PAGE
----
During the course of a performance review period, supervisors/managers should:

-- Keep employees on track with goals and objectives that have been predefined, discussed, and agreed upon by each employee—based on their individual job;

--Provide employees with assignments that help them work towards the defined goals and objectives;

--Provide employees with opportunities to learn new skills and increase their knowledge in their job/field;

--Keep thorough notes on the performance of each person they supervisor or manage;

--Solicit feedback (positive and negative) from those who work closely with each employee and maintain notes on those comments. Supervisors and managers need to ensure they are KNOWLEDGEABLE INFORMANTS about their subordinates. They should not make assumptions or listen to hearsay. It is their job to have an accurate idea of how each employee is performing their duties;

--Discuss performance goals, objectives, and coworker feedback—formally or informally—several times per year with each subordinate;

--Provide negative feedback to employees with enough time for the employee to show improvement during the performance period. If the negative feedback happens near the end of the performance period, it may be too late for the employee to make adjustments. However, if the behavior is atypical, the supervisor or manager should not write about any negative behaviors or incidents as though they were the standard way the employee performed or behaved during the review period;

--Avoid surprising subordinates with negative comments and accusations that were NEVER made during the review period. Something that was an issue during the first 3 months of the review period, but was never raised as an issue, should not be thrown out during a performance review because the employee was not allowed an opportunity to refute any allegations or to know there was some performance or behavioral deficiency that required adjustments in behavior; and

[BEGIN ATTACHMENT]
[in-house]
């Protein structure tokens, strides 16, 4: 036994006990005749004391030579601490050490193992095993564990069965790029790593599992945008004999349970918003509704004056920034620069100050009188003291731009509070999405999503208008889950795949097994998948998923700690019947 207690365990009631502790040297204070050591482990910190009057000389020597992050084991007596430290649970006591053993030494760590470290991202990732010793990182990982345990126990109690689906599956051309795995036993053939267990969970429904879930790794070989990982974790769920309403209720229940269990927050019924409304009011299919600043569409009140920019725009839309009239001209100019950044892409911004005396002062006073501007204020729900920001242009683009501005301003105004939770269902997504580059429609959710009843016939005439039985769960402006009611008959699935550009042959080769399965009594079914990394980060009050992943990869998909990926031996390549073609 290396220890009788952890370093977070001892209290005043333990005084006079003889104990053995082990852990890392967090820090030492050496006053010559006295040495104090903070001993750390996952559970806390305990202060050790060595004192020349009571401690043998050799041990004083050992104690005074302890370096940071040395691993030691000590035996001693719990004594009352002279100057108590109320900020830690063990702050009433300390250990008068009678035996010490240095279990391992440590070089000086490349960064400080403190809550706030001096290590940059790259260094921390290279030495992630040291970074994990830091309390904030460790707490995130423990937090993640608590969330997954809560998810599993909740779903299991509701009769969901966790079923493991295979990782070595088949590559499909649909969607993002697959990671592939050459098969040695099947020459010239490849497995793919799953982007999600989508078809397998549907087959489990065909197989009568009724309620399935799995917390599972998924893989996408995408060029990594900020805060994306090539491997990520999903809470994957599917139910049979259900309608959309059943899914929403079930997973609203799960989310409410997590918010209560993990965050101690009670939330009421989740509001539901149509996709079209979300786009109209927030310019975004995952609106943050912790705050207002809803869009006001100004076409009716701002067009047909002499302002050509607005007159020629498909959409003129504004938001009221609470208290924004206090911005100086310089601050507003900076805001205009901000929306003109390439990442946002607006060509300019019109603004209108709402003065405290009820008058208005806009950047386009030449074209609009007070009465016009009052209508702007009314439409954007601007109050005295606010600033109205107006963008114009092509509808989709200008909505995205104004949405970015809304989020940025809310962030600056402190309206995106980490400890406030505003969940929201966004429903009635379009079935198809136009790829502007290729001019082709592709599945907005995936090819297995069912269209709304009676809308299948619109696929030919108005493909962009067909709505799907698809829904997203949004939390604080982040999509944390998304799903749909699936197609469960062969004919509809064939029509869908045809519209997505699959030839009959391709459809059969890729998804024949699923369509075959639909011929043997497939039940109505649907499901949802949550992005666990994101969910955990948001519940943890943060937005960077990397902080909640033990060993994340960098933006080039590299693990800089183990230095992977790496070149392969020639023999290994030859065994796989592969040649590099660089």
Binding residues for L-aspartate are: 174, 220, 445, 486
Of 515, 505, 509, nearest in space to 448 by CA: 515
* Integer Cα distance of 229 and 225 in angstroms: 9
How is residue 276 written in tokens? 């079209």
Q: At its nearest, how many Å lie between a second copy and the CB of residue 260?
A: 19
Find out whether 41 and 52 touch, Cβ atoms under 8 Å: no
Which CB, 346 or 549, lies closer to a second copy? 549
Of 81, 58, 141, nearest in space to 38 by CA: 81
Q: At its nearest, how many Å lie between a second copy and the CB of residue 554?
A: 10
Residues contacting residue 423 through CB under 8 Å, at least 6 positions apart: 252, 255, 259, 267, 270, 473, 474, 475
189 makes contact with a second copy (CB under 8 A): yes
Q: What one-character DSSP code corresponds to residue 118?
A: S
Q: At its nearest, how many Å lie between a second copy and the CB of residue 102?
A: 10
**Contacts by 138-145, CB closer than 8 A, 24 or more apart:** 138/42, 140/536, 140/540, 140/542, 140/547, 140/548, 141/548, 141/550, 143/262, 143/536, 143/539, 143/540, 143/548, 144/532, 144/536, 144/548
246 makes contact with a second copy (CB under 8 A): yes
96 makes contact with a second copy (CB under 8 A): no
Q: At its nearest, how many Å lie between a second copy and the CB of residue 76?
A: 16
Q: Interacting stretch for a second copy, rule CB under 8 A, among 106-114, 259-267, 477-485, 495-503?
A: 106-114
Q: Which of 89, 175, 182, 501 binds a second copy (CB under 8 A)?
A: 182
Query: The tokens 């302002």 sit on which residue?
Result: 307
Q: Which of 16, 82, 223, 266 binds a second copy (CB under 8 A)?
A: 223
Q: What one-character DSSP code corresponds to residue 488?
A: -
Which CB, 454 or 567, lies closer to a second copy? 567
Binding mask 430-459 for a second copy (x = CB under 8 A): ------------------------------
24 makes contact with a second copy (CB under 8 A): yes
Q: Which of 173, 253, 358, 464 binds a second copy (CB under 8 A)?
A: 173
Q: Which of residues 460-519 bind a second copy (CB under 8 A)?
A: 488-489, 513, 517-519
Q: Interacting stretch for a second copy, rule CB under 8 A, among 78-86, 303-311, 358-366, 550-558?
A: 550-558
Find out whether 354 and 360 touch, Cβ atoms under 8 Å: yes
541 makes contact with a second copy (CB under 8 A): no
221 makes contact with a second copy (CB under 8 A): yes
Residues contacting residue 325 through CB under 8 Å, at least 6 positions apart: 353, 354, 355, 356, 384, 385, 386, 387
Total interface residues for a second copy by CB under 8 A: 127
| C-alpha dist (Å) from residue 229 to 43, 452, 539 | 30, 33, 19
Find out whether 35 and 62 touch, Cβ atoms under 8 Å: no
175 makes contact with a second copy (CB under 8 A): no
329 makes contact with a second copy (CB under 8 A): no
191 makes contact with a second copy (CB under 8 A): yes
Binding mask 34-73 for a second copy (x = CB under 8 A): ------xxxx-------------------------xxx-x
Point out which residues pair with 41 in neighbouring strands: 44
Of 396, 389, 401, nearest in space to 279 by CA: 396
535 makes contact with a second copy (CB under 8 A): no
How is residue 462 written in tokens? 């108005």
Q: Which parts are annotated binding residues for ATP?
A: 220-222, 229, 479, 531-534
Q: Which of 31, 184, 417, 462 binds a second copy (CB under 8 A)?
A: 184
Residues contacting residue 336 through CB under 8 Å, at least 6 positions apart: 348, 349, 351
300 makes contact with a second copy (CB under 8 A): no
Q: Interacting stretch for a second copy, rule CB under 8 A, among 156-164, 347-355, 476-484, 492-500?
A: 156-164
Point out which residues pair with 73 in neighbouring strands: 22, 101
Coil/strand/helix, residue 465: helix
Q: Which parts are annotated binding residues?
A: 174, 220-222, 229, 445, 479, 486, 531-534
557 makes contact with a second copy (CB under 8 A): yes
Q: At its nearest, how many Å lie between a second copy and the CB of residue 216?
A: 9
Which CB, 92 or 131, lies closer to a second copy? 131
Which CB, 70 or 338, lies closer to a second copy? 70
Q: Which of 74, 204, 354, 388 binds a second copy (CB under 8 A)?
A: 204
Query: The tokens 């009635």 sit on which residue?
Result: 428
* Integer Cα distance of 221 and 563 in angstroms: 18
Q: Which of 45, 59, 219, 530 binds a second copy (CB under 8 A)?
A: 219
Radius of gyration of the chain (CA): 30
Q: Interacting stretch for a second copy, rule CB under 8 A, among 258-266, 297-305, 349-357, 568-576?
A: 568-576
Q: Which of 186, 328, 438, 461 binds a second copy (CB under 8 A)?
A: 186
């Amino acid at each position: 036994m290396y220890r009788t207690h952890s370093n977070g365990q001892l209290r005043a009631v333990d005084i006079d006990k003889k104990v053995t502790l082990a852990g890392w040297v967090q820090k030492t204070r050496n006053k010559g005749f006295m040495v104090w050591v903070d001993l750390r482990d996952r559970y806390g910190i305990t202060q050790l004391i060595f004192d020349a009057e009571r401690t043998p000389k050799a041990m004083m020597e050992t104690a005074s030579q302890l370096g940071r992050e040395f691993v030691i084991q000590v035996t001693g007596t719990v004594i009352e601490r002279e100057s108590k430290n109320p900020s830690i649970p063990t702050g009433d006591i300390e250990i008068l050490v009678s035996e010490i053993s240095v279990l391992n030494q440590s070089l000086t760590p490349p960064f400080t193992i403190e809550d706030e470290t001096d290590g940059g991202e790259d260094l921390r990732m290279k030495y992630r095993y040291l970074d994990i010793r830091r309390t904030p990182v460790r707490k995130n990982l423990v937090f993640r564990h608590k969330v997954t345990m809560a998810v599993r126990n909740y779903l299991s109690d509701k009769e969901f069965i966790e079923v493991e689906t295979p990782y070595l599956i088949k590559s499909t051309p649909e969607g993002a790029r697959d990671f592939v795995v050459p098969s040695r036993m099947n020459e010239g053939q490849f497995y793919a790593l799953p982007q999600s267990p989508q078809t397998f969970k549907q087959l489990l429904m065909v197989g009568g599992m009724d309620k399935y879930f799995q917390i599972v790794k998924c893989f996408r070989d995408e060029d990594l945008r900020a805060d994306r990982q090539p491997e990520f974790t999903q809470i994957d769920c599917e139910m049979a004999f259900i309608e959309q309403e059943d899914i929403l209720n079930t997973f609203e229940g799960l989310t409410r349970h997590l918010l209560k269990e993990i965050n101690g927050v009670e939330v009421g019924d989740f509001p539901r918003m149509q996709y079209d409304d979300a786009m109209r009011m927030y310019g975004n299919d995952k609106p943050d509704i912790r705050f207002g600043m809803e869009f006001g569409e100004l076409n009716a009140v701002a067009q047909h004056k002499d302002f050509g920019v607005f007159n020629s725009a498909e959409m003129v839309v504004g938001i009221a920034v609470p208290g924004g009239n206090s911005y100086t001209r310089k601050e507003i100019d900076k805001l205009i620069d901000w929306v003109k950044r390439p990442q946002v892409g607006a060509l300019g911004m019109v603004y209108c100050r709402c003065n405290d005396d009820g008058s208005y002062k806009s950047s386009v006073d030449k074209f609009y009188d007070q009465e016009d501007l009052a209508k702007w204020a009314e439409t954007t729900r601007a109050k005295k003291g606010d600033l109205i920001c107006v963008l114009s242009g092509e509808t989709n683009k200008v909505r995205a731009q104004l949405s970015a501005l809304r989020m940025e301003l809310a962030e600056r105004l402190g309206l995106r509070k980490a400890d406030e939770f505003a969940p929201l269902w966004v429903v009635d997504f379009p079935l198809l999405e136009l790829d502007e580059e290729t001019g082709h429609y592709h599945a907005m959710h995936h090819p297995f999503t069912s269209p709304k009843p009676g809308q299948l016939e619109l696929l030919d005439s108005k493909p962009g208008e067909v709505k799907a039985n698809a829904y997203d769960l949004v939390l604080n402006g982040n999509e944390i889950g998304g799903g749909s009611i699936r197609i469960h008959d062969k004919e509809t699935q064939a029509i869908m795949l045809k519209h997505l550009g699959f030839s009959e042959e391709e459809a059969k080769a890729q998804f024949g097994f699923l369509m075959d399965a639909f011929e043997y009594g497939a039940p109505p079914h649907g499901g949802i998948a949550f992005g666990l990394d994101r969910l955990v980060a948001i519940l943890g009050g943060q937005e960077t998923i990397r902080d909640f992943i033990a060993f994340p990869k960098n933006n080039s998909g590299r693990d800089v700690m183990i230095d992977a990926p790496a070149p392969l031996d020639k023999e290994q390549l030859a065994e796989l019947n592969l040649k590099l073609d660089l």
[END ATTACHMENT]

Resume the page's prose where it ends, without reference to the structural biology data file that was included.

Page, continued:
--Avoid making performance judgments based on the employee’s personality, race, education level, etc.

Many supervisors and managers, even those that give employee goals and objectives, do not keep thorough notes on employee performance throughout the year. Instead, they wait until they must draft/write performance evaluations before they get into deep Q&A sessions with those who have managed or worked alongside their subordinates.

Therefore, it’s important to:

--Maintain your own record of your accomplishments and achievements;

--Keep all congratulatory emails and cards from internal and external clients;

--Outline how you have met each goal and objective agreed upon with your supervisor/manager;

--Keep a log of any publications, awards, presentations, etc. that occurred during the performance period;

--Maintain a list of new skills you’ve added to your repertoire at work; and

--Keep a list showing the impact of your contributions at work (e.g., you brought in new clients, saved money by streamlining procedures, etc.)

You can do a lot to make your performance evaluation truly reflect your contributions to the company. Make your supervisor and manager have huge hurdles to jump, should they decide to give into the temptation of discriminating against you by intentionally marginalizing your contributions to the work force or by making false claims about your performance in order to deliberately stifle your career.

Show that you have been keeping track of your performance and can PROVE you have a strong work ethic, produce high quality work, are professional, and that you are and should be valued as an employee.